Image: Landscape Institute / Museum of English Rural Life

    Over the past few years I have had the opportunity to establish what happened to Jakobsen and through analysis of his writings, built projects and previously unexplored professional papers, I am now preparing the Jakobsen monograph. I seek to revive an interest in his work and a recognition of his important contribution to British landscape architecture practice and education. The Landscape Institute’s Library and Archive held at the Museum of English Rural Landscape (MERL) at Reading University has been invaluable in my work, and I am grateful to a MERL/FOLAR award that has supported recent field studies in Denmark. If you would like to hear more, I shall be giving a talk to The Gardens Trust on my latest findings on Wednesday 5 April at The Gallery, 77 Cowcross Street, London. I welcome contact from any readers who may have worked with or for Jakobsen or been former students. You can contact me on kfla@blueyonder.co.uk.

    Karen Fitzsimon MA CMLI is an independent landscape architect, horticulturalist and garden historian. You can book for her 5 April talk at the Gallery, London, here. Karen is also organising a conference for The Gardens Trust titled Mid to late C20 designed landscapes: Overlooked, undervalued and at risk to be held on Monday 5 June 2017 at the Garden Museum. Find more details about the event programme and booking here.


    1. Karen,
      Thanks for bringing back into our consciousness Ben Jacobsen. For some of us, he made a huge impression– in my case, I only met him once, when he came to give us a lecture at the Landscape course at Gloucestershire College of Art and Design, around 1972. It was very good, and showed us some examples of his own designs, and that of some other Scandinavians.

      Funnily enough, just yesterday ( a whole day before opening your Blog), I was driving through paret of the Park Hill area of Croydon, where there is a large residential development carried out in the 1960’s / 70’s, I think either by SPAN and Eric Lyons or by another developer influenced by them (must Google to find out!). Like the SPAN developments, it features blocks and groups of flats and houses, set in a generous landscape of grass, trees and shrubs. I was was driving past a number of really attractive, very simple shrub beds planted at that time. In fact I can remember when they were planted, way back in the 70’s. Amazingly, they still look brilliant, with bold contrasts and big drifts of plants with perhaps 3 plant types in each bed, with excellent contrasts of leaf size, color and texture….. and amazingly, no ash or sycamore trees growing up through them (the normal fate of many a neglected shrub bed) . Many of the beds featured a foreground drift of Lonicera pileata, triggering me to speak out loud in a scandinavian accent, “Luffly Lon…ic..era pi..le..ata!. A Pavlovian reaction, undoubtedly, as these were very words, as close as I could get them, to how Ben Jackobsen said them, back in 1972, in that lecture, when one of his slides popped on to the screen, showing, indeed, a beautiful enormous bed of this plant. A monoculture, and beautiful as are so many monocultures.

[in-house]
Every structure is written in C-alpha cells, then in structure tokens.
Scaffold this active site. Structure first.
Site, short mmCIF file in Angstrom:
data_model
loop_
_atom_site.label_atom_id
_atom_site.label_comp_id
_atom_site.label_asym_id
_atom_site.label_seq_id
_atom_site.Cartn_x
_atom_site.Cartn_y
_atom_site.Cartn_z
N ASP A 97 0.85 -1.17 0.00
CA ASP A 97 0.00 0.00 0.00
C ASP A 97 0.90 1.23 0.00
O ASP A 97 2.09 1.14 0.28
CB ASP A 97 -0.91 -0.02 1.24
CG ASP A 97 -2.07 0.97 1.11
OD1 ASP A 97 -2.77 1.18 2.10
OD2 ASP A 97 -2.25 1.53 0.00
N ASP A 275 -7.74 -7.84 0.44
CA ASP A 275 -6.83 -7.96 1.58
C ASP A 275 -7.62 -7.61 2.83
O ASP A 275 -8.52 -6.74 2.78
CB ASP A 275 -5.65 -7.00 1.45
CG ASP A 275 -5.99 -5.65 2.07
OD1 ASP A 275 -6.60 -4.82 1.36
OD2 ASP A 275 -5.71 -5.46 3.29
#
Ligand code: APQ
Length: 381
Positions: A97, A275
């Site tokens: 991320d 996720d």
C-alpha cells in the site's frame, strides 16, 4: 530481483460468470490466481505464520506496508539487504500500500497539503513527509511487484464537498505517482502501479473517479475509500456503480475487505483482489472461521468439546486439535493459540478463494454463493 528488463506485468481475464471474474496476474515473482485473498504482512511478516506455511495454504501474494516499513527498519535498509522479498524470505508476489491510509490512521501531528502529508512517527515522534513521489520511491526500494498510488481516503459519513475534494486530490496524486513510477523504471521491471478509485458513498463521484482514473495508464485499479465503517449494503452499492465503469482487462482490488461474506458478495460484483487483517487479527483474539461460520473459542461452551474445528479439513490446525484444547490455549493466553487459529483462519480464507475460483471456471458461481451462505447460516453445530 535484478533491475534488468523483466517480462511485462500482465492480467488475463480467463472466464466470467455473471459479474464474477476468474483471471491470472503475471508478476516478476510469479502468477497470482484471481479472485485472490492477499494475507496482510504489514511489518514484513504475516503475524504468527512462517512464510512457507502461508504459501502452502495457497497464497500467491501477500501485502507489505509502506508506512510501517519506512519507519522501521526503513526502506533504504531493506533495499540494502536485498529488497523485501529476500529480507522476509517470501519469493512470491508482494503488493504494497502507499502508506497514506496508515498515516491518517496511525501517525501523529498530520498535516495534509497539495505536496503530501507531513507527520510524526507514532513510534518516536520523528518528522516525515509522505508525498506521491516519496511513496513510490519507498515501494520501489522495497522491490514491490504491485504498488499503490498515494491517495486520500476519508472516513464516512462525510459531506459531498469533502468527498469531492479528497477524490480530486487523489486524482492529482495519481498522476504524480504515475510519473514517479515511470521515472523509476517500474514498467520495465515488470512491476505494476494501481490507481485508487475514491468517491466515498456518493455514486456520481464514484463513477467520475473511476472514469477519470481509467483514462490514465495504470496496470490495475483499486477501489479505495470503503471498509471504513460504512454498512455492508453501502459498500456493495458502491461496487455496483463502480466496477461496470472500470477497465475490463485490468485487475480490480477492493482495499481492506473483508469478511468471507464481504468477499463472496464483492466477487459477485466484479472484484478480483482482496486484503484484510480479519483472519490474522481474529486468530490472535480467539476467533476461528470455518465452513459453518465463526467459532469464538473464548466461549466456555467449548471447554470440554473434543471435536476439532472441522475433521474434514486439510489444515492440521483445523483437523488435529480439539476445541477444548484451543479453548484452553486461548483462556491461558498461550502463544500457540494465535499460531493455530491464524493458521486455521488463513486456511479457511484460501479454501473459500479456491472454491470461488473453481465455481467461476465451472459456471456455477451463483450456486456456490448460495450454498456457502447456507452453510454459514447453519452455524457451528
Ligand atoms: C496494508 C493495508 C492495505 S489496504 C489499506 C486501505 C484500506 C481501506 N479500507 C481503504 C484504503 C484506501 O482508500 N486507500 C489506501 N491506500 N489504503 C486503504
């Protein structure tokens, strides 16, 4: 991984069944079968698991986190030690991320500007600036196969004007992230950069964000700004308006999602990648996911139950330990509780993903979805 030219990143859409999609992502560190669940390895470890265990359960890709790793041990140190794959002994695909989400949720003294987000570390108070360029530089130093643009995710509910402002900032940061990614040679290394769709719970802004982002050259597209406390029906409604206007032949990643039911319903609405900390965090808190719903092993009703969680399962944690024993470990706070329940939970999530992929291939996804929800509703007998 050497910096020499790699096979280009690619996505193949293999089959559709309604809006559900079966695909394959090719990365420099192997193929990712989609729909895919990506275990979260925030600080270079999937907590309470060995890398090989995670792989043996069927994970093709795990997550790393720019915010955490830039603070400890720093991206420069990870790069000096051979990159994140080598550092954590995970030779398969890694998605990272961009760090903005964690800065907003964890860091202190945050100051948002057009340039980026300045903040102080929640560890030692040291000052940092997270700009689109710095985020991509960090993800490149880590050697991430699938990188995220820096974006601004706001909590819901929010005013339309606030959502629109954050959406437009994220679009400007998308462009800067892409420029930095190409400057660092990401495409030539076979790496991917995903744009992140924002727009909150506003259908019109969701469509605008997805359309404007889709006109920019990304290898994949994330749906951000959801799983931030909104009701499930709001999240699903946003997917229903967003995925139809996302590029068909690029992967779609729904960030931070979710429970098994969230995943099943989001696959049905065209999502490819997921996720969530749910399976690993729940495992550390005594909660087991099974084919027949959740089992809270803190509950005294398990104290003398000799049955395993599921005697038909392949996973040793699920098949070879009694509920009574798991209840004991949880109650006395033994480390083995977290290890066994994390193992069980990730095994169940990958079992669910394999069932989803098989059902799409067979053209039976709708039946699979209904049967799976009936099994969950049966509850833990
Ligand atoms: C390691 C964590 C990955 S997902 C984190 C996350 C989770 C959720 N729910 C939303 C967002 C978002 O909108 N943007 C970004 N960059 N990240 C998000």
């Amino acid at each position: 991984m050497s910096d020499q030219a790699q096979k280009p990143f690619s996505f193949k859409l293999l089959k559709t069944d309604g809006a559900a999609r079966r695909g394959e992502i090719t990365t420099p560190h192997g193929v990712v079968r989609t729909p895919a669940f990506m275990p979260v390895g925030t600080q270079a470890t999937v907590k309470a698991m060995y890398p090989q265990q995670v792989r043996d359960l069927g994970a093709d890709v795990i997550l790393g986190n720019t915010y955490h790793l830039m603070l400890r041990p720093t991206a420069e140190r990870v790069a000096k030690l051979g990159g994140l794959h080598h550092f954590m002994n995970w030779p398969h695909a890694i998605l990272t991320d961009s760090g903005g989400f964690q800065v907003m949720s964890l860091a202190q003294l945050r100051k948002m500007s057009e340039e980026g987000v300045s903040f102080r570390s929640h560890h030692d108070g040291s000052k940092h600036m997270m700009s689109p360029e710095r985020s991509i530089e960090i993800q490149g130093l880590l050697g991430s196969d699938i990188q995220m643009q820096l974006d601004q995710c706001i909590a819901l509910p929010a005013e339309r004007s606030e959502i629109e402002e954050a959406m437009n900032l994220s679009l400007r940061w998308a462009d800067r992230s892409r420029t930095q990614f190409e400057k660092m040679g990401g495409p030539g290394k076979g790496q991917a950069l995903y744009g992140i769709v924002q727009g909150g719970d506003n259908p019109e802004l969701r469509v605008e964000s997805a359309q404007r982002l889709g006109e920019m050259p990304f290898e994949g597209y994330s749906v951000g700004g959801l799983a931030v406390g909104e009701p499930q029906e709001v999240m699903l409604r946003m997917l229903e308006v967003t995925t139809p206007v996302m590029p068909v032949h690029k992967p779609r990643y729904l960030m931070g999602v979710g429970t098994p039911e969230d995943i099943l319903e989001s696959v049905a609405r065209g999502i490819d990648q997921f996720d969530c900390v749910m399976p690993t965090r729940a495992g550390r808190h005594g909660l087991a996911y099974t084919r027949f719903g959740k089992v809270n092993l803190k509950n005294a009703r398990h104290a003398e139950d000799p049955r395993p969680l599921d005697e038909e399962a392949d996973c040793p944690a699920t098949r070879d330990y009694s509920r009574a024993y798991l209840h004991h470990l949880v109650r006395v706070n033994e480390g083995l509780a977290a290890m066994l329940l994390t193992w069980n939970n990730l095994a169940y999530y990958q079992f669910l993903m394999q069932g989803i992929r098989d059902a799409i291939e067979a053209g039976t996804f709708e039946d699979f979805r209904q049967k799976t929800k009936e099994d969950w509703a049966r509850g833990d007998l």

Looking at the pictures in your blog, of some of his beautiful landscapes, it all comes back. I was sad to read about his decline . What ever the reasons–perhaps his larger than life persona was not to the tastes of some– it does seem so sad, so a big thank you for shedding the spotlight on him here. I am sure he will be smiling, as a result. He definitely had a twinkle in those Nordic eyes !